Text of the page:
Dan Eilenberg and Me (the B-Sides, the Rave-Ups, the Imposters, etc)

Bethesda, Maryland, 1981-1986

Personnel

Dan Eilenberg – guitar, vocals
Mark Lerner – bass
Ken “Bidjje” Kavanaugh – drums
Jonathan Lipson – drums
Adam Gibbons – drums
Stephen Lewis – guitar
Billy Simms – guitar
Sam Jannotta – keyboards
Dave Robinowitz – keyboards
Jim Levy – keyboards

I’m going to get so much wrong here. For a variety of reasons many of the details in this entry are very foggy for me. So let me get a few things right, here at the beginning.

Dan Eilenberg taught me more about listening to and playing music than anyone else I’ve ever known. It’s like he’s the imaginary listener for just about any piece of music I write or record. Listening back now to the music we made together as kids I hear a frightening amount of what I think of as me, and realize it came from him. He pushed tons of classic sixties pop music on me (anyone who knows Dan will know that “pushed” is an apt description): The Kinks, the Beatles, the Band, the Byrds, the Temptations, the Supremes, Creedence Clearwater Revival. All stuff that’s pretty much the basis of my musical vocabulary now.

This entry covers 3 or 4 “bands,” but I honestly can’t tell the difference between them. Dan and I started writing songs together in 11th or 12th grade, and we’d play and record them with various folks. None of the bands really played many shows. We just wanted to be world-famous songwriters. So this entry is about our songwriting partnership more than any band.

yearbook photo

Tilbrook and Difford in high school. Dan’s inscription in my yearbook. Between us, standing, is Dave Robinowitz. Adam Gibbons is next to him. Between us and below us is Sam Jannotta. Second from left is Billy Simms.

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Take Five

Late 1981, 1982, Bethesda, MD

Personnel

David Robinowitz – piano
Adam Gibbons – drums
Chris Armacost (probably) – alto sax
Some other dude – tenor sax  (update: Comments reveal this to be Joey Gannon)
Mark Lerner – bass

It would be a huge understatement to say that jazz is not my strong suit. I’ve spent much of my life avoiding it and occasionally openly scorning it. The past 5 or 6 years, however, have found me delving into jazz a little bit more (as a listener, not a player). I like the dense, unexpected chords, and I like jazz-like compositions: Alec Wilder, Charles Mingus, Shostakovich’s Jazz Suite, Astor Piazzolla. I do have problems with long solos (and a bunch of folks basically soloing at the same time) and I’m not a fan of the saxophone. But I try not to parade the limits of my taste as some sort of virtue. It’s good to like things, and trying to find your way into someone’s art is a noble effort, infinitely more valuable than kneejerk dismissal.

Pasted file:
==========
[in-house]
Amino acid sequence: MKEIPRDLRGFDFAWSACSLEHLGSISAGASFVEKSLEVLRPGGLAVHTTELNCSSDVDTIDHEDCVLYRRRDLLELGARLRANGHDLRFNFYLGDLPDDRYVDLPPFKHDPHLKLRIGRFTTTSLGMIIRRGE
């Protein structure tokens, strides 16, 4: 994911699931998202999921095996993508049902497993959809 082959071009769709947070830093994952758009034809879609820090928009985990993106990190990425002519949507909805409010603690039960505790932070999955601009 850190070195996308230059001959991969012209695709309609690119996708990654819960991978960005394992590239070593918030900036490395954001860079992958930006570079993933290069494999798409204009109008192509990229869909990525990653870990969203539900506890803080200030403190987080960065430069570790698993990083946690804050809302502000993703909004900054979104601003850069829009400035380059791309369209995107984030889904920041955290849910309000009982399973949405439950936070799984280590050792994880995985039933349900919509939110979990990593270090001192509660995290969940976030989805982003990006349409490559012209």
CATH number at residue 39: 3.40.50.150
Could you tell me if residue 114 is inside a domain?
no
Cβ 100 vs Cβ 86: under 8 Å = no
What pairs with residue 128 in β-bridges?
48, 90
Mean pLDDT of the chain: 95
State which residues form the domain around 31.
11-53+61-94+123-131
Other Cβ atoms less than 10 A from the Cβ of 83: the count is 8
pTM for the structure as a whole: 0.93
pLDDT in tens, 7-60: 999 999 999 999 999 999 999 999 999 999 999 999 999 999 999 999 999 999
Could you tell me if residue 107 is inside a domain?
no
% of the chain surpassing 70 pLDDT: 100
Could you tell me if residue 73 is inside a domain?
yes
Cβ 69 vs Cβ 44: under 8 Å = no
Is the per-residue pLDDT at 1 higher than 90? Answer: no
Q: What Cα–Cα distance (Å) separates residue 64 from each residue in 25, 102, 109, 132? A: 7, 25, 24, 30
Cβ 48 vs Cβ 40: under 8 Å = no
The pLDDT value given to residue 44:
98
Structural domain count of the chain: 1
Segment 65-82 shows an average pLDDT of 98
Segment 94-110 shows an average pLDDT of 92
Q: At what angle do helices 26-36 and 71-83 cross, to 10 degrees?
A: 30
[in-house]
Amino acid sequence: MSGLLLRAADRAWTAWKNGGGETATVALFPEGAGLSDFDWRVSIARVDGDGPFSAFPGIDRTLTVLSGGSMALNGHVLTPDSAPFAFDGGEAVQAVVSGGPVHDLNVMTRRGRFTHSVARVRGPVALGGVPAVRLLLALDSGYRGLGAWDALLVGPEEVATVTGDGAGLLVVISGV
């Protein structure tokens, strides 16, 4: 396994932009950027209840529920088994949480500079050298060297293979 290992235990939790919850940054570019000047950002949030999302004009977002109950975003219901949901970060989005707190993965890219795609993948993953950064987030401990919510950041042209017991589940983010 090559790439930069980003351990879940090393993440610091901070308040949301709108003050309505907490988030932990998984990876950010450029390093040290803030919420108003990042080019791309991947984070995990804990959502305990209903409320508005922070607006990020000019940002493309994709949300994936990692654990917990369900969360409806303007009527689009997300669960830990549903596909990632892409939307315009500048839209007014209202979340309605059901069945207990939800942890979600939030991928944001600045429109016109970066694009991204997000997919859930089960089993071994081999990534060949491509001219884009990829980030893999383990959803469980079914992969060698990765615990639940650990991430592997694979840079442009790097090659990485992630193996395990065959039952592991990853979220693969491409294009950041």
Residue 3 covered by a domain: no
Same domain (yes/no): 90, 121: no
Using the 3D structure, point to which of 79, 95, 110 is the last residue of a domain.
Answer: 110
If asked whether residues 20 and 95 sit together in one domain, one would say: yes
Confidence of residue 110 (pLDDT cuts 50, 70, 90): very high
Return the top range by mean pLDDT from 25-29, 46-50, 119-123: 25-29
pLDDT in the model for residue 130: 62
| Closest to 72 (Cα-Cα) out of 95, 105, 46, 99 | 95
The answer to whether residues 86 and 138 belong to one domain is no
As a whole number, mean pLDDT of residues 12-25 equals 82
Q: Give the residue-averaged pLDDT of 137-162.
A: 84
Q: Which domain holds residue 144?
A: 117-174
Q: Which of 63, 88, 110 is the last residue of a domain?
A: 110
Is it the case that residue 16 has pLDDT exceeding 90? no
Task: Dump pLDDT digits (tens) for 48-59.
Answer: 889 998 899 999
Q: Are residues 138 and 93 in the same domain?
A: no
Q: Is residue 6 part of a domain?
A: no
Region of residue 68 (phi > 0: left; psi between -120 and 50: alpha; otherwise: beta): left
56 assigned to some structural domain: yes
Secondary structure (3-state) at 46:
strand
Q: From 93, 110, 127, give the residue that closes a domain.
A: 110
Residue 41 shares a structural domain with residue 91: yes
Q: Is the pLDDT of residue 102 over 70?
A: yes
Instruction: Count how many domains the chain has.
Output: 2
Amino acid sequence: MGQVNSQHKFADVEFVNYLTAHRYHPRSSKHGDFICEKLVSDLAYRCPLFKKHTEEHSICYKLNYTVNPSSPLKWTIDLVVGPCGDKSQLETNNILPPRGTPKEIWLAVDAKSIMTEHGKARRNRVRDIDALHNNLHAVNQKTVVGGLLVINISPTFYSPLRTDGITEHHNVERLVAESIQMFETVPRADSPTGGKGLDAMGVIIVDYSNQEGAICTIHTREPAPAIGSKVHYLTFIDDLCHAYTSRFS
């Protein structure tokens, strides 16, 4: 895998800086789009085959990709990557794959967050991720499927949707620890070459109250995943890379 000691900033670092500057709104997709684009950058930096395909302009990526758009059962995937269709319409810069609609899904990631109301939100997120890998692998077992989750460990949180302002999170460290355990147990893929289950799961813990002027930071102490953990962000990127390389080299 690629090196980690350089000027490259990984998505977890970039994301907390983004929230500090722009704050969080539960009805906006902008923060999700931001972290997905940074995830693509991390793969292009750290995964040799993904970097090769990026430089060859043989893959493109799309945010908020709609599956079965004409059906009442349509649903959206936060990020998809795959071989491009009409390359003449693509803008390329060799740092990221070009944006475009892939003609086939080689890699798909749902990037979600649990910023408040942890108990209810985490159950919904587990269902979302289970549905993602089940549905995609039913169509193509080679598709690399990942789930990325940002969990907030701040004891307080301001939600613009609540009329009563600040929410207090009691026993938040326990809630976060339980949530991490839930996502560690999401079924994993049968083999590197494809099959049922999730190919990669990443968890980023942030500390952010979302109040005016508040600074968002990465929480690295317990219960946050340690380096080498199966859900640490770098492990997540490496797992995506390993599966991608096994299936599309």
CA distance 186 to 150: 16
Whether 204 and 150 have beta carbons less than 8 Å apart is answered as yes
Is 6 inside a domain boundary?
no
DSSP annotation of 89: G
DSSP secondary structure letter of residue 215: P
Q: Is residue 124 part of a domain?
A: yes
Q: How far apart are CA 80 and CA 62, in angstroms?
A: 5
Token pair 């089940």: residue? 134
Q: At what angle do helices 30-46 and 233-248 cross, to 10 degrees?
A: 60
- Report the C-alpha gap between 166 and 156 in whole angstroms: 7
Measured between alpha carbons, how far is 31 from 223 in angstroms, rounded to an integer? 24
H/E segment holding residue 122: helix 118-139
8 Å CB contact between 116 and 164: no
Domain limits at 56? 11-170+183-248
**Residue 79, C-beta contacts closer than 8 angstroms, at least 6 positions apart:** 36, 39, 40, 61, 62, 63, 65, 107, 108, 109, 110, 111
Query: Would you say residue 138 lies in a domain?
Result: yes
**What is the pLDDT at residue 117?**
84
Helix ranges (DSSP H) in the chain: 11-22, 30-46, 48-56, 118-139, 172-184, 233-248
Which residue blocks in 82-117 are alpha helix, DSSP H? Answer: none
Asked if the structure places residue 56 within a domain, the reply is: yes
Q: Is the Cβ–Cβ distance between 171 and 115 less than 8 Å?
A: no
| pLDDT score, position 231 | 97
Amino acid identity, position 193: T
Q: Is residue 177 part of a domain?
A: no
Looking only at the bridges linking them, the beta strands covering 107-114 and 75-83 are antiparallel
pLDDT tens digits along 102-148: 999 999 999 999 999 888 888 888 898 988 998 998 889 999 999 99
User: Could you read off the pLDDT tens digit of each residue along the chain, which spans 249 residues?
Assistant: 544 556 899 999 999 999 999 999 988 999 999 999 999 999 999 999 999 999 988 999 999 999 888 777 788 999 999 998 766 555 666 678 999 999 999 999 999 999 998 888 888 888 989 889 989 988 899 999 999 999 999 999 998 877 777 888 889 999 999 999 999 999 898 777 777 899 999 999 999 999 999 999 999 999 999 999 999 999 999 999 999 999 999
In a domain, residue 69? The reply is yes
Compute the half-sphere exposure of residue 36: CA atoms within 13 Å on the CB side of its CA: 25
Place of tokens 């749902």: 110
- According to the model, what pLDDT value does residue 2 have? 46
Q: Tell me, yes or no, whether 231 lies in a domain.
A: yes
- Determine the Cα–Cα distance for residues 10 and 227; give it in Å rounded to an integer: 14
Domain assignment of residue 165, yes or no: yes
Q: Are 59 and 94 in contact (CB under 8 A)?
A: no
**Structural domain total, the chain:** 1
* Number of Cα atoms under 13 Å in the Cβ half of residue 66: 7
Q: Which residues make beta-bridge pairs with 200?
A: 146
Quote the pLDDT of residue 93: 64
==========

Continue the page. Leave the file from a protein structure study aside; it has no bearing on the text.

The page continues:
All of that said, I’m a little perplexed by this entry in EVERY BAND I’VE EVER BEEN IN. If the cassette tape I have is to be believed (along with some corroboration via email from pianist David Robinowitz), I spent much of my senior year in high school playing in a jazz quintet with the almost supernaturally cliched name Take Five. With the possible exception of the tenor sax player, of whom I have no recollection whatsoever, all of the guys in this group were younger than me. [Ed: see comments] David and Adam were juniors, and Chris was a sophomore. (There’s also a slight chance I’m wrong and Chris wasn’t in this band at all, but I’m 99% sure it was him.)

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The Nitz!

Bethesda, Maryland, 1980-1982

Personnel